LOS CABOS, Mexico, June 19 Just a few hundreds
yards from where global powers worked around the clock this week
to ease Europe's debt crisis and revive the world economy, the
customers at one hotel were oblivious to the stress and letting
it all hang out.
The adults-only Desire Resort and Spa combined business and
pleasure as usual, even as leaders from the world's biggest
economies took over Mexico's Los Cabos beach resort, troops
patrolled the streets and beaches and Navy vessels sat just off
Desire bills itself as a "deliciously erotic" hotel where
clothing is optional and guests are encouraged to indulge their
fantasies with their partners or other like-minded couples.
Rather than worry about the troop presence or the heightened
tension - and snarled traffic - that come from sharing their
vacation resort with world leaders, Desire's guests were said to
be delighted by the extra security.
"They feel more secure because they can go out onto the
street and they feel more protected," said Jhaxiri, a
19-year-old receptionist at the hotel.
Desire stands hundreds of yards from the main press center
at the G20 summit and just a stone's throw from where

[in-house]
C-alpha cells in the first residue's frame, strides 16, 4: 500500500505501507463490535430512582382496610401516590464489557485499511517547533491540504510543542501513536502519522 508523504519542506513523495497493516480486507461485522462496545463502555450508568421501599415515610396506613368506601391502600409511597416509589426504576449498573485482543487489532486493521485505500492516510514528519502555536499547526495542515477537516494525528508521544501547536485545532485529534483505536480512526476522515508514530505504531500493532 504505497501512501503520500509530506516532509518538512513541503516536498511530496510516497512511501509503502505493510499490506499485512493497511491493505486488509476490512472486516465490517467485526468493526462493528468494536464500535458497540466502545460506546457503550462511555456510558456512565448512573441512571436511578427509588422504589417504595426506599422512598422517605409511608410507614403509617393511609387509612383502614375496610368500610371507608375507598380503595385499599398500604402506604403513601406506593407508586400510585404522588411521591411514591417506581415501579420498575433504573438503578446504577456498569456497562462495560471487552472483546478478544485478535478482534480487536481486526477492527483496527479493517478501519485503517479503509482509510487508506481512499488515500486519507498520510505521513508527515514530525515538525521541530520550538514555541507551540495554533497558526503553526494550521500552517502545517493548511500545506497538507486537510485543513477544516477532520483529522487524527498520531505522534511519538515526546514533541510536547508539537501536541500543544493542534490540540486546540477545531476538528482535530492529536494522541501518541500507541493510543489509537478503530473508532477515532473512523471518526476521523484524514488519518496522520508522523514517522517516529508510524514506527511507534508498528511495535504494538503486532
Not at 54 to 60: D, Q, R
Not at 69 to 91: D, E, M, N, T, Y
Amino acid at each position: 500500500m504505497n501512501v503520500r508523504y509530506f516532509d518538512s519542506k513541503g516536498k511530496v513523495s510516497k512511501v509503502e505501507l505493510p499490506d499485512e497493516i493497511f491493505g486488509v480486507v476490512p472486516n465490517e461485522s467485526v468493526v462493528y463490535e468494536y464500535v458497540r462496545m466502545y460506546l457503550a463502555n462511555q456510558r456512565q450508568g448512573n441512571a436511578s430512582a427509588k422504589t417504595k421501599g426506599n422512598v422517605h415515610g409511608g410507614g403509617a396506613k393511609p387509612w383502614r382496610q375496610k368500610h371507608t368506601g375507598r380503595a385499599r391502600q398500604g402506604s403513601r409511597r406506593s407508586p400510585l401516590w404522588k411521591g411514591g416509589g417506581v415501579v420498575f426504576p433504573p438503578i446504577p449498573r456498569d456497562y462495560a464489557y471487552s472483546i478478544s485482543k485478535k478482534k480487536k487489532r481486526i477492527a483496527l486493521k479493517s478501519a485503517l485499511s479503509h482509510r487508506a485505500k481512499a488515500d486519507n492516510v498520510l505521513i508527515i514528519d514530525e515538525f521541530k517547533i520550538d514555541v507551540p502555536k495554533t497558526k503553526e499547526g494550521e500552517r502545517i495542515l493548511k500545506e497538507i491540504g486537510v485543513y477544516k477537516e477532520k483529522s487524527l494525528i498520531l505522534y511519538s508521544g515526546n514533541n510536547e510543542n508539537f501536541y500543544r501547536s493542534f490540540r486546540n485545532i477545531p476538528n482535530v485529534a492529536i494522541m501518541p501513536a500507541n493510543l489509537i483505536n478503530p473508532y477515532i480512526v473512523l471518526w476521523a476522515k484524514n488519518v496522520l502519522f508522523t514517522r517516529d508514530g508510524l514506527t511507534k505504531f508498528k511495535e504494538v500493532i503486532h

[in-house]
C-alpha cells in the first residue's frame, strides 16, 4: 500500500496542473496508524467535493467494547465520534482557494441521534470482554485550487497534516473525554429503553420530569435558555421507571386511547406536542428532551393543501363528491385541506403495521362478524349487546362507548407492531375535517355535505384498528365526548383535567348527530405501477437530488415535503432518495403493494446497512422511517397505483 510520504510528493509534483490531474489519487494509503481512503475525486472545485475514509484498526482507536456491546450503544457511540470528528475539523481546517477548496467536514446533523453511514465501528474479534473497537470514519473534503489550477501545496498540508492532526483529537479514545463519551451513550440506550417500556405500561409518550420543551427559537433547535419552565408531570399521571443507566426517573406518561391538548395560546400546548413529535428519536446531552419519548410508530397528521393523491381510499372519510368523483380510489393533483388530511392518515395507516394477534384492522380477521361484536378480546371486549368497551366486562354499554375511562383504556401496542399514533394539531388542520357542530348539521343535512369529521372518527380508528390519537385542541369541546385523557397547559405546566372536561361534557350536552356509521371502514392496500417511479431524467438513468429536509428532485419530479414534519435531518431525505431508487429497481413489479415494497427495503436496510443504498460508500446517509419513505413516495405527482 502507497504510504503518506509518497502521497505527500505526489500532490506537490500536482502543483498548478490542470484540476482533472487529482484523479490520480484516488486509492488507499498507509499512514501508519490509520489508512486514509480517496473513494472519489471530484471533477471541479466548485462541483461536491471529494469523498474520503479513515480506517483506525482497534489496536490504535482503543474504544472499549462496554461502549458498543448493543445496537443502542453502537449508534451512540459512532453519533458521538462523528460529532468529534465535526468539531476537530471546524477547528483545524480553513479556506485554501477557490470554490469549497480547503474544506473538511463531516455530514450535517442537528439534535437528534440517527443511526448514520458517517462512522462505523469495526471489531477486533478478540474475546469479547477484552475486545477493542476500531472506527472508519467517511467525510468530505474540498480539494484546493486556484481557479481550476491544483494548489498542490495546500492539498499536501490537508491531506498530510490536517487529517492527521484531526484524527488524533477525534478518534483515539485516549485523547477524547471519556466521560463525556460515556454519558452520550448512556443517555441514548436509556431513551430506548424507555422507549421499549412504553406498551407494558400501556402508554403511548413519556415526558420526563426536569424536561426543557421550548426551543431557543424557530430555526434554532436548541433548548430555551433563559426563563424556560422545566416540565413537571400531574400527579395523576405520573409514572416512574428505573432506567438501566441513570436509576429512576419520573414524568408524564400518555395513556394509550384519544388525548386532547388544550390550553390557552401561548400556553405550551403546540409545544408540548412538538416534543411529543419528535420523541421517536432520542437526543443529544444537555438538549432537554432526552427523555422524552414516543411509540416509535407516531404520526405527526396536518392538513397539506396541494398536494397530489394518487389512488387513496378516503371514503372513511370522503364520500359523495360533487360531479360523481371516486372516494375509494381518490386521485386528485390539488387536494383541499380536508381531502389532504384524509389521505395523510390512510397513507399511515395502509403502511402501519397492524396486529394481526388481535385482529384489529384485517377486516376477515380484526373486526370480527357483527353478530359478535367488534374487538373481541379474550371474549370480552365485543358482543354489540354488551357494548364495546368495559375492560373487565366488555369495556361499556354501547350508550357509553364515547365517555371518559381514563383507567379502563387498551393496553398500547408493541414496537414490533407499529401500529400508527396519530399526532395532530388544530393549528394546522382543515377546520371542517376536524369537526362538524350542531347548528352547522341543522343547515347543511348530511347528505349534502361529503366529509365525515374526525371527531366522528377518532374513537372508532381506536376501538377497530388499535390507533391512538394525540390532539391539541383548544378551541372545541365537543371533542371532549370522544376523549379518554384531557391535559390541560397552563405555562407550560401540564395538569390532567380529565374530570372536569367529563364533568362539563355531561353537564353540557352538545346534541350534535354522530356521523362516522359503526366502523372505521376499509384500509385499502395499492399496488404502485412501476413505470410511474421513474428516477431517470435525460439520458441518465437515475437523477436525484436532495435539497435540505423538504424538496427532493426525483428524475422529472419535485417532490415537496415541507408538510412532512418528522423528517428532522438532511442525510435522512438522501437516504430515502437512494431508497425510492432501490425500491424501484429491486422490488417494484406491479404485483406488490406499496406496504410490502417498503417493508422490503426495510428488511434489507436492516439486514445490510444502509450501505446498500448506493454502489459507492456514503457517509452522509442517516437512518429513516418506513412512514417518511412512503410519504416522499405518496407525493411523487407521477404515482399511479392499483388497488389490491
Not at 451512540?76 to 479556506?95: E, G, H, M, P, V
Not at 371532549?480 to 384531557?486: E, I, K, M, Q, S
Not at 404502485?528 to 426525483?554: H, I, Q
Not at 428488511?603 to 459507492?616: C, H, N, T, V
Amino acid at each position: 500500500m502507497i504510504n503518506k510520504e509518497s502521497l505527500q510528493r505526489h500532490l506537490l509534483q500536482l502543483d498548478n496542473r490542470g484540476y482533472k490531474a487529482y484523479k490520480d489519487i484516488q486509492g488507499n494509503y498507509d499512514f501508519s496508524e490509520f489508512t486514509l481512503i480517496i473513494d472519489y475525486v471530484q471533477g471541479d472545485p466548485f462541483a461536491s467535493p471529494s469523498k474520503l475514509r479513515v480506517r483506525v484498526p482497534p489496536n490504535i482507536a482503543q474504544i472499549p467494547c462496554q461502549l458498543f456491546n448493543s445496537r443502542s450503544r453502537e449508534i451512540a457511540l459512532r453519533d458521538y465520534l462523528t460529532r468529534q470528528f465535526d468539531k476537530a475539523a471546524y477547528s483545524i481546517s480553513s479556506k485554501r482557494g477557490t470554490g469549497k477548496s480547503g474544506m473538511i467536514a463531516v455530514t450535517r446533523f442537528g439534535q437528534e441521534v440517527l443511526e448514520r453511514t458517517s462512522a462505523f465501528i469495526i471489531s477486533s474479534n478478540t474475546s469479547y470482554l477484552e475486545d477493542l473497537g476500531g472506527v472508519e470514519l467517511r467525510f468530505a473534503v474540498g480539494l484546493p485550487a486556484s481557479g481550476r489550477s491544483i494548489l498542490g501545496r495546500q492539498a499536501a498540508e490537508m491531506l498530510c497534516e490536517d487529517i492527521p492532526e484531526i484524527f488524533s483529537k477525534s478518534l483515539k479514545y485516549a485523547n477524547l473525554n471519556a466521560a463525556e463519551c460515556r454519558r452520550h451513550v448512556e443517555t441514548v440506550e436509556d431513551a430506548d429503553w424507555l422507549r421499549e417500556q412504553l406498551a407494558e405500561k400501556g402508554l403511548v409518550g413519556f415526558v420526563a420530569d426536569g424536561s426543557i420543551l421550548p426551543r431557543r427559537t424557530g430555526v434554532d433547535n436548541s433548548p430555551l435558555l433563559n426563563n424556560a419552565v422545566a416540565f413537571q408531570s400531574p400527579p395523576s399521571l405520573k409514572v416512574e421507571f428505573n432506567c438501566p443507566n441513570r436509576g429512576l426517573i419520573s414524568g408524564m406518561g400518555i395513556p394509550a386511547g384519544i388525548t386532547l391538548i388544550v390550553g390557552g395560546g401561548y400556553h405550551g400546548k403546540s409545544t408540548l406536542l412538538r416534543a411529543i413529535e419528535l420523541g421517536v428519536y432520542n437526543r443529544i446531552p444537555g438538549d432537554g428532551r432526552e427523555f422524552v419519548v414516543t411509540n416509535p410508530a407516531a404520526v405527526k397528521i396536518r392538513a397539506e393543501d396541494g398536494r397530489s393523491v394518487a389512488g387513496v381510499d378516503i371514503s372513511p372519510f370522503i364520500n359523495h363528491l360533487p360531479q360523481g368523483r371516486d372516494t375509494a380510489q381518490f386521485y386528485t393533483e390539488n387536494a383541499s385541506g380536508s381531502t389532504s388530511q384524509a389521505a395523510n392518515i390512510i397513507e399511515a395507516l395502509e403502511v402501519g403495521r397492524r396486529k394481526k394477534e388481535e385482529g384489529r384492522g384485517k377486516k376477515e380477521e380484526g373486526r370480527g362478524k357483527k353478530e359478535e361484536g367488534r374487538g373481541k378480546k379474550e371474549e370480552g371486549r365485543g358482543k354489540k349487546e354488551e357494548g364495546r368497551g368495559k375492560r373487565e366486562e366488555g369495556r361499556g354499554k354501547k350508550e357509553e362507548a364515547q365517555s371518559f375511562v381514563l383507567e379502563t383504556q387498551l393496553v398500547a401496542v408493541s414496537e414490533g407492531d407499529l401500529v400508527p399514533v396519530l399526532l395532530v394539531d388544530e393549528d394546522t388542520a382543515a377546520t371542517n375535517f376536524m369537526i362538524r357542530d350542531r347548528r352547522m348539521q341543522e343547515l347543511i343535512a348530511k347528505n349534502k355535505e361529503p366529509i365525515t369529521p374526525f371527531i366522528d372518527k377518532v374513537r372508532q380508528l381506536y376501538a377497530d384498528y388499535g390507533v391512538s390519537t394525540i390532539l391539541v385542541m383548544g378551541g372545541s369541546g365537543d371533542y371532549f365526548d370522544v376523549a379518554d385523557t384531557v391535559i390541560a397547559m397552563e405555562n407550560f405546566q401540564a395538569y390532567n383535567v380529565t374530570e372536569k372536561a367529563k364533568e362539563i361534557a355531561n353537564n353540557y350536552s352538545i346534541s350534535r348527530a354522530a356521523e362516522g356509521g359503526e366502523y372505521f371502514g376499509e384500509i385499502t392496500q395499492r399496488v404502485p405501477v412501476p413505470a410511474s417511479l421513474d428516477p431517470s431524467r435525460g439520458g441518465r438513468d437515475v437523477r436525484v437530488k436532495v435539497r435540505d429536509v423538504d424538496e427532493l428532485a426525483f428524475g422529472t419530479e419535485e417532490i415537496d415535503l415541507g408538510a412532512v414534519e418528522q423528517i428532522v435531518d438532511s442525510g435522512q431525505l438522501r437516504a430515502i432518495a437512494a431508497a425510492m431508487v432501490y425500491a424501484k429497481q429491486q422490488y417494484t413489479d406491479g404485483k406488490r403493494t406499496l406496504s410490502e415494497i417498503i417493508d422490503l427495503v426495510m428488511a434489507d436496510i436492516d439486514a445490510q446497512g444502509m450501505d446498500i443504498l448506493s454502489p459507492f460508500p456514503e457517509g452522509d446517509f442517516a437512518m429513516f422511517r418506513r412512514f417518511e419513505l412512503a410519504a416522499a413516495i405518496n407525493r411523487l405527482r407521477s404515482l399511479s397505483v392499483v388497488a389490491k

negotiators drew up a communique that lays out ambitious plans
to accelerate the move toward banking and fiscal union in
While U.S. President Barack Obama, Russian President
Vladimir Putin and other world leaders were locked in tense
discussions on everything from the violence in Syria to trade
policies, Desire's guests were letting loose.
"The first night here they get comfortable. The second
night, they start to meet couples and by the third or fourth
night they start taking their clothes off in the pool. ...
They're already more than acclimatized," said Jhaxiri.
Although a handful of unsuspecting journalists made
reservations at Desire in order to cover the G20 summit, it was
off limits for delegates and security personnel as the hotel
only allows couples to stay there.
A dozen U.S. Secret Service agents deployed as part of
Obama's security detail were caught cavorting with prostitutes
before a summit meeting in Colombia in April, embarrassing the
U.S. government and marring the agency's reputation.
(Reporting by Jean Luis Arce Editing by Kieran Murray and Todd